Listen to this article
This is an experimental feature. Give us your feedback. Thank you for your feedback.
What do you think?
BT announced Monday that Sir Michael Rake, the current chairman of KPMG International, will succeed Sir Christopher Bland as chairman of the UK’s leading telecoms group.
Sir Christopher and Ben Verwaayen, BT chief executive, have transformed the group from a company saddled with mountain of debt into one of the better performers in the European telecoms sector.
Their strategy has been rooted in BT rapidly expanding the supply of broadband to customers, and developing the ability to serve the voice and data needs of multinational companies.
Sir Michael said: “I am thrilled to be joining a company which has achieved so much in recent years and has such ambition for the future. Sir Christopher Bland has done a magnificent job setting BT on a secure financial footing and developing a strategy for the future. Ben Verwaayen leads an outstanding team. I look forward to working closely with him, the board and my new colleagues.”
Welcoming the appointment, Sir Christopher said: “Michael has demonstrated outstanding leadership of a major global organisation during a time of considerable turbulence and change. I have every confidence that he will bring those same qualities of leadership to BT.”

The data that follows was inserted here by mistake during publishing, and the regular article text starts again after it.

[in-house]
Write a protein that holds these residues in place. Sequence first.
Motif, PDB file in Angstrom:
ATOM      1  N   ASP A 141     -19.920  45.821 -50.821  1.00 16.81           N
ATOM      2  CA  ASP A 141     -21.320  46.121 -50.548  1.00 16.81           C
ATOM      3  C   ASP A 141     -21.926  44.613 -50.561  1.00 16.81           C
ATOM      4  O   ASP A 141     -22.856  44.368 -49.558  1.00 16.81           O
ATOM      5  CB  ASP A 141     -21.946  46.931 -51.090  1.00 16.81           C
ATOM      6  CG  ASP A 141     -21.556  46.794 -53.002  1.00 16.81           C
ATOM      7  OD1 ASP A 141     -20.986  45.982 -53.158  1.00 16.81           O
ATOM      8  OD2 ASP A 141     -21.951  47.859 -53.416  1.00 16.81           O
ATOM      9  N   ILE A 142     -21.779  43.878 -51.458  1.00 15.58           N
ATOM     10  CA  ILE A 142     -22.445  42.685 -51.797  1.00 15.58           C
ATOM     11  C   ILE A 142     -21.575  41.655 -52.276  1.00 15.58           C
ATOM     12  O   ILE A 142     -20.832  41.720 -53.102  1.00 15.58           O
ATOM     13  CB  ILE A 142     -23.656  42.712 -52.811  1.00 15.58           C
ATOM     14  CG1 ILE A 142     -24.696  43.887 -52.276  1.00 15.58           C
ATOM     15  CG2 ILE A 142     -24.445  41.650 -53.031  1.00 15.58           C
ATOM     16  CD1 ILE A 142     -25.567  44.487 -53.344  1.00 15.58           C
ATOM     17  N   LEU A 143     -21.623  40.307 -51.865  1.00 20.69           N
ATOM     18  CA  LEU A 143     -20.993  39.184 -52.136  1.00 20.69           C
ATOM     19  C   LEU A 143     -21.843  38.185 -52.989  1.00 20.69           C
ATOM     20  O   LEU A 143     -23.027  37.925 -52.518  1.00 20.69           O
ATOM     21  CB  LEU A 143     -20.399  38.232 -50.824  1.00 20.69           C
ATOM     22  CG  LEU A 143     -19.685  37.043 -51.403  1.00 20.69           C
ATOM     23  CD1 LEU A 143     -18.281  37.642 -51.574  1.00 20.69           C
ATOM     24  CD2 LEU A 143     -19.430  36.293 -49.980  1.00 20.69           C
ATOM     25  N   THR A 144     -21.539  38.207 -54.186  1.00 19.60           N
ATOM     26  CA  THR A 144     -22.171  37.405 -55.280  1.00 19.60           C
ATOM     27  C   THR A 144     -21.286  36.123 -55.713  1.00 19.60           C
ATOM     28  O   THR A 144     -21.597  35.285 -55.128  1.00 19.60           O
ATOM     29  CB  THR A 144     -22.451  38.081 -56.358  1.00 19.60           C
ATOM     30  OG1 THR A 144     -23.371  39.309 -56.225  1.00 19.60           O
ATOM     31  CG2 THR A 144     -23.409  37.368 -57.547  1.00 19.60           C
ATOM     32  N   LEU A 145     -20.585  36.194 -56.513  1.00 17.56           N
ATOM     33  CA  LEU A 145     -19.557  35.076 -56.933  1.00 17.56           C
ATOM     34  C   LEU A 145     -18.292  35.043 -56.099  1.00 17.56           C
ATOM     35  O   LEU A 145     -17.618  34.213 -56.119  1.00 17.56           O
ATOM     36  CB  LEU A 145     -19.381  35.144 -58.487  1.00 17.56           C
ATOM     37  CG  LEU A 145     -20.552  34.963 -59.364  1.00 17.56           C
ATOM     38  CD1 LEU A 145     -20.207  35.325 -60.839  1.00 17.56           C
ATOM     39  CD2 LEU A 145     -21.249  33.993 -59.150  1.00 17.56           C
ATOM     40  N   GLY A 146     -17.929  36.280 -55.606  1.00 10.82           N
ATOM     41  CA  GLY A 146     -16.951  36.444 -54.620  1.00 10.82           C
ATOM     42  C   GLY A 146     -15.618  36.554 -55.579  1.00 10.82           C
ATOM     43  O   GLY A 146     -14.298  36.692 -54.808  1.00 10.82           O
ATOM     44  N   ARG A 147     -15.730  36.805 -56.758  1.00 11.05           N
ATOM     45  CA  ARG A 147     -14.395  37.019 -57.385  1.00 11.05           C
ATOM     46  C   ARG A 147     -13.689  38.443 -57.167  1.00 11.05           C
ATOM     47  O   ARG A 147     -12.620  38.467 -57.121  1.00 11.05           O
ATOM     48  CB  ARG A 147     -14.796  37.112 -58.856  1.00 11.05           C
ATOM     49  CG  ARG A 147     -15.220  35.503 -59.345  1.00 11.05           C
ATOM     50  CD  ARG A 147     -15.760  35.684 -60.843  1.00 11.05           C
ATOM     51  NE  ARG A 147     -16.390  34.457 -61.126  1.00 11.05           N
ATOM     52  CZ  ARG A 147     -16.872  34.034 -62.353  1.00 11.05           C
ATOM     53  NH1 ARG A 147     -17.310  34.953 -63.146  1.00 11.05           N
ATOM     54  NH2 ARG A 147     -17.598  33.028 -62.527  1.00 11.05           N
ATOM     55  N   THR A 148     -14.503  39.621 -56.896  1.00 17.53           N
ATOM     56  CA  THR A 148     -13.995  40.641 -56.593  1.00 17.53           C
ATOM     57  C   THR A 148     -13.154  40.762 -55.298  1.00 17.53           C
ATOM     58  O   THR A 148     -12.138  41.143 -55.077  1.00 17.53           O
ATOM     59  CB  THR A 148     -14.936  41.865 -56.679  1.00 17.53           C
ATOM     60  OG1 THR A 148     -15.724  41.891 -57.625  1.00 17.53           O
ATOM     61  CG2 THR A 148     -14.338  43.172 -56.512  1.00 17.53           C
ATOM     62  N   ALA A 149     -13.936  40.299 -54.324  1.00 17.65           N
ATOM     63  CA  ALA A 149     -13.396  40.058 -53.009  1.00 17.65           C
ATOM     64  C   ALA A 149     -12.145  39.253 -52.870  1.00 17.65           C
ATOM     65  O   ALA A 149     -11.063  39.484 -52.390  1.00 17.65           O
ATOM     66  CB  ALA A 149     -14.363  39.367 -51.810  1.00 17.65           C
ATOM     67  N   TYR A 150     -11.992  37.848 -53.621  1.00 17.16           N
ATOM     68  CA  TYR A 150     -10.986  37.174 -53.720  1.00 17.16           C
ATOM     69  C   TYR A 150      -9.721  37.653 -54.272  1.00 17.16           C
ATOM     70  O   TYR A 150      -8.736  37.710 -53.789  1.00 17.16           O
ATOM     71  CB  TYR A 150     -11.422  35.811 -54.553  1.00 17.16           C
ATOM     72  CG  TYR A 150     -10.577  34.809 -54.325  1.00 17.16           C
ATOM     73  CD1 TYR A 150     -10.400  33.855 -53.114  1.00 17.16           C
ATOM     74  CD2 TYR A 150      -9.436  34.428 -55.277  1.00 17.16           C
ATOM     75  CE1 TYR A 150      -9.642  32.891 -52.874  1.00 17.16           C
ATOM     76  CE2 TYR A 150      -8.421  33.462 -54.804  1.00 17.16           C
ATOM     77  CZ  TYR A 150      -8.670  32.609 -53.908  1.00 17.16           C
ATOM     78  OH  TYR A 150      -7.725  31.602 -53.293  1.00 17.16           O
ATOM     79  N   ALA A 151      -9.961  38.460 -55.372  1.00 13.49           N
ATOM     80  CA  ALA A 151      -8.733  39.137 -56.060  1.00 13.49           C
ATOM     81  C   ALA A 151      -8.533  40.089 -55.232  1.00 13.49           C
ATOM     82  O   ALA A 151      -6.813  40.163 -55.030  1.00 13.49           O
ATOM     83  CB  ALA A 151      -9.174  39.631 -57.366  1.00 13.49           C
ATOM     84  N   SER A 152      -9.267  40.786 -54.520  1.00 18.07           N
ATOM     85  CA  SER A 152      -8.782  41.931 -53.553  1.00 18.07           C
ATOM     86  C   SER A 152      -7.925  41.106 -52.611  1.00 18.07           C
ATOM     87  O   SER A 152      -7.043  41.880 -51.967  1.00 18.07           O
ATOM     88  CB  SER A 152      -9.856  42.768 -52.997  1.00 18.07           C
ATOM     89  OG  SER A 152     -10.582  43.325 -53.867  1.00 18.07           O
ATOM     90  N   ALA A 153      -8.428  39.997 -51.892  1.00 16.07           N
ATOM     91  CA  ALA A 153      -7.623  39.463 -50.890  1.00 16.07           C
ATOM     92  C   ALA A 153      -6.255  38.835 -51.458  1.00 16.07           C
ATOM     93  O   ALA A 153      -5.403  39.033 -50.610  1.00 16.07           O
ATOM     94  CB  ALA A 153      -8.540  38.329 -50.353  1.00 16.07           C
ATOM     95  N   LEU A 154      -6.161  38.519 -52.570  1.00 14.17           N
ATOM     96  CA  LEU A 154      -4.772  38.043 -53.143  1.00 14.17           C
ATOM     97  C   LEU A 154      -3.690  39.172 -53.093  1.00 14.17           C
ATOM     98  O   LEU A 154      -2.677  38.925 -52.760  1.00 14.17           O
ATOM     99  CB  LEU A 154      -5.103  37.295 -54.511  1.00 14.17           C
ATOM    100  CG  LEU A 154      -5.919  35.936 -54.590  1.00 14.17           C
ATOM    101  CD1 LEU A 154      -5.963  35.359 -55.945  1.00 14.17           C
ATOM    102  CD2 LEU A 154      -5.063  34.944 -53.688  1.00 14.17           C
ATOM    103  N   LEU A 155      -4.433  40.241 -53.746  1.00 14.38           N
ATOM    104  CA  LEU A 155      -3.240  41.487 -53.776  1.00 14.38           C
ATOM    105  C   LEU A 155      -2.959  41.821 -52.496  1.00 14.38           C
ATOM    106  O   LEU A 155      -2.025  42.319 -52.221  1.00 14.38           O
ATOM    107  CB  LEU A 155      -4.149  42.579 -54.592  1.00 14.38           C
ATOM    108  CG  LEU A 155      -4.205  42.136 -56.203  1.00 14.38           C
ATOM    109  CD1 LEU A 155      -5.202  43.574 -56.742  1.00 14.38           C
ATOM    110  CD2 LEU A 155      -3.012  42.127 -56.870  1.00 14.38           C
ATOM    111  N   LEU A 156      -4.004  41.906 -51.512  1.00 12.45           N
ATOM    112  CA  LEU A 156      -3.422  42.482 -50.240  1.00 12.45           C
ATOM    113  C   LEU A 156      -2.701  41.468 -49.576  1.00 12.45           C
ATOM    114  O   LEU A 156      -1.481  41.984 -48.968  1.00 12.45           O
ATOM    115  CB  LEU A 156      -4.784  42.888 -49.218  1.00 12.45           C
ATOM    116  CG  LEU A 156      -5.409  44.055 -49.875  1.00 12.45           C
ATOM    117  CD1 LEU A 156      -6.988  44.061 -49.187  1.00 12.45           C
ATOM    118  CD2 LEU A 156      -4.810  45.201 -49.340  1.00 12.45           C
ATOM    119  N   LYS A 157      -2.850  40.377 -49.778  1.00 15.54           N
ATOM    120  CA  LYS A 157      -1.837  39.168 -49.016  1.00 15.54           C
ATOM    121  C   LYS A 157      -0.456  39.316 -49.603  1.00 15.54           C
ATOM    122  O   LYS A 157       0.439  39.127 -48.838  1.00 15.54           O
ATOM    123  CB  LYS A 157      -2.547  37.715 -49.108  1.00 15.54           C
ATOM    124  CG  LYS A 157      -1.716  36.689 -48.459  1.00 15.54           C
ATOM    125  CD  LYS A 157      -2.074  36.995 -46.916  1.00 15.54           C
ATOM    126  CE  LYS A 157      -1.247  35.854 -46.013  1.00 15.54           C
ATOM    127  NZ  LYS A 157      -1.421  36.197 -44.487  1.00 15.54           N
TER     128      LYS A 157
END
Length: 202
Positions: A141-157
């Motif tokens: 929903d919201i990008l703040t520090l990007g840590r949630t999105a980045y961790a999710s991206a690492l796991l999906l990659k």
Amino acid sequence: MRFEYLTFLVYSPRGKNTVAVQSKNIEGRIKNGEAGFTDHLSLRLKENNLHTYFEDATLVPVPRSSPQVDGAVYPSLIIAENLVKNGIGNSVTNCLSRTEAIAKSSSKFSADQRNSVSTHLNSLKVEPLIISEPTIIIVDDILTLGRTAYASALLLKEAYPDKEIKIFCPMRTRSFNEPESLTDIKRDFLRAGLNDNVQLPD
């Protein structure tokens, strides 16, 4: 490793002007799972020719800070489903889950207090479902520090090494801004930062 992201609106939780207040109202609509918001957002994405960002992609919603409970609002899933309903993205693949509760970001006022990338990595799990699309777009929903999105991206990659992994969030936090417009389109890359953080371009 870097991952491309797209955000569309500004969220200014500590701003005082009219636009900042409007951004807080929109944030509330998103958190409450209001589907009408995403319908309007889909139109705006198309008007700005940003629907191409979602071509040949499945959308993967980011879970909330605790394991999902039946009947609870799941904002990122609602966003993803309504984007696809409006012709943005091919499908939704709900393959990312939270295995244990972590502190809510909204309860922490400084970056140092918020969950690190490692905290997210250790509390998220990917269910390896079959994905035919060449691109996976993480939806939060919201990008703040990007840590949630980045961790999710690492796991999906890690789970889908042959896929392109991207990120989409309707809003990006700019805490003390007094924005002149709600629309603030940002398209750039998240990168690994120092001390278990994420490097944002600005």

BT’s third-quarter results, published earlier this month, also confirmed its improving performance by showing that it had halted a four-year decline in the number of customers taking its traditional fixed-line phone services.
Mr Verwaayen underlined BT’s confidence about its prospects by saying it would increase its revenue and earnings before interest, tax, depreciation and amortisation in 2007-08 as well as 2006-07.
It was BT’s fourth successive quarter of year-on-year earnings growth and suggested that the group is weathering a fierce broadband price war led by Carphone Warehouse, the mobile retailer turned fixed-line phone company.
BT’s share of new customers taking broadband over copper landlines, as opposed to cable, increased to 34 per cent in the three months to December 31, compared with 25 per cent in the previous quarter.
Sir Christopher, who became BT chairman in May 2001, led efforts to cut the group’s £30bn debt, which had been threatening to undermine the company.
Like many of its peers, BT spent huge sums buying mobile companies and licences during the late 1990s.
Some industry insiders expect Mr Verwaayen to leave BT next year, and he said in an interview with the FT last month that he serves at the “pleasure of the board”.